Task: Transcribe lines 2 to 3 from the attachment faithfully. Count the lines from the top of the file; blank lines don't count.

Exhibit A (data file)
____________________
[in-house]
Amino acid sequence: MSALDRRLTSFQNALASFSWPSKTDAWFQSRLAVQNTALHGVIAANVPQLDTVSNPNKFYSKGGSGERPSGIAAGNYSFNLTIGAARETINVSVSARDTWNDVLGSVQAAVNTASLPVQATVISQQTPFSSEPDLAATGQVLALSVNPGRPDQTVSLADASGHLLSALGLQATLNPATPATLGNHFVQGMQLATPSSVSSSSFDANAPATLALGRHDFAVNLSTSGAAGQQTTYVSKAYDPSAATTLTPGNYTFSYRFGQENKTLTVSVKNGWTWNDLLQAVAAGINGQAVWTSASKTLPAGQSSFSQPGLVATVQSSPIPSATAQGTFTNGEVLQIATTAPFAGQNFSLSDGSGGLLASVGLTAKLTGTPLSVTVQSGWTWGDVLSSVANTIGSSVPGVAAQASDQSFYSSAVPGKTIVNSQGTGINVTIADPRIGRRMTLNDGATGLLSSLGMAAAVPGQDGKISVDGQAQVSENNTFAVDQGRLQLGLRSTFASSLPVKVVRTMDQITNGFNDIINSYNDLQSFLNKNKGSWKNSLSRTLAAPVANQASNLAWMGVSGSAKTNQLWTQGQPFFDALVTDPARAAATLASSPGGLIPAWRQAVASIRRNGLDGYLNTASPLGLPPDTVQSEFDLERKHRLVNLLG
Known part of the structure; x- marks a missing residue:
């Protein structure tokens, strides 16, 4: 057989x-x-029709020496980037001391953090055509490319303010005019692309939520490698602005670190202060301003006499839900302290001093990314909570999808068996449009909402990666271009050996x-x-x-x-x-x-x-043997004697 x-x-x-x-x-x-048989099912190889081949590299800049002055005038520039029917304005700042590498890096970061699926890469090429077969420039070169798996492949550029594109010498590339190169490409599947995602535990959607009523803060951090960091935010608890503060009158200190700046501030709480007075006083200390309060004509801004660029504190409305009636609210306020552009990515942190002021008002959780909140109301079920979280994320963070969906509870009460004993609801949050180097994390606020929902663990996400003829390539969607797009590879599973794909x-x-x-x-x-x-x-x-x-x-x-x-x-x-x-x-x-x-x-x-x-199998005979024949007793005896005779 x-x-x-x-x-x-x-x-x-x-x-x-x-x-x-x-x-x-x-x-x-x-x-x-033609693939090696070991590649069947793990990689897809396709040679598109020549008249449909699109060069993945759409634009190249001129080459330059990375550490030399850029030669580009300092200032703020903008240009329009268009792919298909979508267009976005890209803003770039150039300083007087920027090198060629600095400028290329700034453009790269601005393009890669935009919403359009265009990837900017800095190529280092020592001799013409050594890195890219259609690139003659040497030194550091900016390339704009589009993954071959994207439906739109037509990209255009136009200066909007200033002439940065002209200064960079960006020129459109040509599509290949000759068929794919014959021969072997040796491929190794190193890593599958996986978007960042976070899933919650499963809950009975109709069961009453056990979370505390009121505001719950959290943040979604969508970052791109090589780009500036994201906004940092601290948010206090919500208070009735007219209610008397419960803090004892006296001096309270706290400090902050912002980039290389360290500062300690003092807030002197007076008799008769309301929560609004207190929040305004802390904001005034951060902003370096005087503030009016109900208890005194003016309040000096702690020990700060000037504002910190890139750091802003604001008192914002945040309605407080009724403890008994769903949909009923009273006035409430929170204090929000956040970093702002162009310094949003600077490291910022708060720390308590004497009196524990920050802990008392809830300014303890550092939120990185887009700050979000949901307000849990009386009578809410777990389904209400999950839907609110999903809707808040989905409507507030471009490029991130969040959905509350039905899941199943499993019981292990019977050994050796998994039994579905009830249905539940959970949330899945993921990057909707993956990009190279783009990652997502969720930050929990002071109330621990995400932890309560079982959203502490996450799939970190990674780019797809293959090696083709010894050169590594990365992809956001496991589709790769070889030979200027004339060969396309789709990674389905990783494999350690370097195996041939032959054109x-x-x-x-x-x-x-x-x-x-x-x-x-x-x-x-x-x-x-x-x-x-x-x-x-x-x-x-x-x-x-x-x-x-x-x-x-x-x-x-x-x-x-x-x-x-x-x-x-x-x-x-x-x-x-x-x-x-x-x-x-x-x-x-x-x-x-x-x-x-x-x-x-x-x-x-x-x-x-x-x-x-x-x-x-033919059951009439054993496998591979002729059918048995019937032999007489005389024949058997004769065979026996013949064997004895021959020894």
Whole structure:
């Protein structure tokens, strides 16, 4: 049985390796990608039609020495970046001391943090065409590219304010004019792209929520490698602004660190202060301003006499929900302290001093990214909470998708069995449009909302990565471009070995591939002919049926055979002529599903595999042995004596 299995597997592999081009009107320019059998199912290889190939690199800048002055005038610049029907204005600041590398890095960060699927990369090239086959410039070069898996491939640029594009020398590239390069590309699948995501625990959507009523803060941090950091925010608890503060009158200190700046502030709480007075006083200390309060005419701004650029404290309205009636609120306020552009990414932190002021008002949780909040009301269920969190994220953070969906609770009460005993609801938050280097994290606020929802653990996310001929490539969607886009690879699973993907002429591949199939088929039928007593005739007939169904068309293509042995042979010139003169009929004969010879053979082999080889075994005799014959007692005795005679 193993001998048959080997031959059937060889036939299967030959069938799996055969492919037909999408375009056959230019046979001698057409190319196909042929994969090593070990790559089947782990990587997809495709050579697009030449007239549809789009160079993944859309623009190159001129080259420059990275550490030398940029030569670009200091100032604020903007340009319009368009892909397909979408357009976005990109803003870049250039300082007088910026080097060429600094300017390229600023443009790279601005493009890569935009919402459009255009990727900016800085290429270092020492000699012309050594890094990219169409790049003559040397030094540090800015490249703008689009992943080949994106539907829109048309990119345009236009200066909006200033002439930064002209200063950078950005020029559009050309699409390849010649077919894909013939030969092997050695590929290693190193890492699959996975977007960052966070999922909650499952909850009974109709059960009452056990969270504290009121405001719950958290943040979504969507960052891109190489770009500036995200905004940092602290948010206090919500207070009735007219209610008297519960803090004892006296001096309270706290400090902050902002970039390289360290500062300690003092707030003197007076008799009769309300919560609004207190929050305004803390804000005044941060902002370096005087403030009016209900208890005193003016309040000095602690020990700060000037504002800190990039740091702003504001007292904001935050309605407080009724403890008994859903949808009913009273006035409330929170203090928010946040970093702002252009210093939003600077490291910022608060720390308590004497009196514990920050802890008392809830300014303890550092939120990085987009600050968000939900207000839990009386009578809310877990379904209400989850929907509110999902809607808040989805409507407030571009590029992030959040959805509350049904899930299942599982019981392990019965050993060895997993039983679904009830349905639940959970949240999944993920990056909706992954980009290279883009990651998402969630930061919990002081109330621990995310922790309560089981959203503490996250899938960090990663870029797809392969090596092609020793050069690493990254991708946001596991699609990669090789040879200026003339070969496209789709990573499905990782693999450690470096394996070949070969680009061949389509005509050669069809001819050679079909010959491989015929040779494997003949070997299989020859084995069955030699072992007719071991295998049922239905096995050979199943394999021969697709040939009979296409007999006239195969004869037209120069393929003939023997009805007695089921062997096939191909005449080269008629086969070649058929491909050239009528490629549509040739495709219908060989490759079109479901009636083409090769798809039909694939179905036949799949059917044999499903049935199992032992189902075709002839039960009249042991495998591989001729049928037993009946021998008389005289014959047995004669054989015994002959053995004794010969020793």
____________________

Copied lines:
Amino acid sequence: MSALDRRLTSFQNALASFSWPSKTDAWFQSRLAVQNTALHGVIAANVPQLDTVSNPNKFYSKGGSGERPSGIAAGNYSFNLTIGAARETINVSVSARDTWNDVLGSVQAAVNTASLPVQATVISQQTPFSSEPDLAATGQVLALSVNPGRPDQTVSLADASGHLLSALGLQATLNPATPATLGNHFVQGMQLATPSSVSSSSFDANAPATLALGRHDFAVNLSTSGAAGQQTTYVSKAYDPSAATTLTPGNYTFSYRFGQENKTLTVSVKNGWTWNDLLQAVAAGINGQAVWTSASKTLPAGQSSFSQPGLVATVQSSPIPSATAQGTFTNGEVLQIATTAPFAGQNFSLSDGSGGLLASVGLTAKLTGTPLSVTVQSGWTWGDVLSSVANTIGSSVPGVAAQASDQSFYSSAVPGKTIVNSQGTGINVTIADPRIGRRMTLNDGATGLLSSLGMAAAVPGQDGKISVDGQAQVSENNTFAVDQGRLQLGLRSTFASSLPVKVVRTMDQITNGFNDIINSYNDLQSFLNKNKGSWKNSLSRTLAAPVANQASNLAWMGVSGSAKTNQLWTQGQPFFDALVTDPARAAATLASSPGGLIPAWRQAVASIRRNGLDGYLNTASPLGLPPDTVQSEFDLERKHRLVNLLG
Known part of the structure; x- marks a missing residue: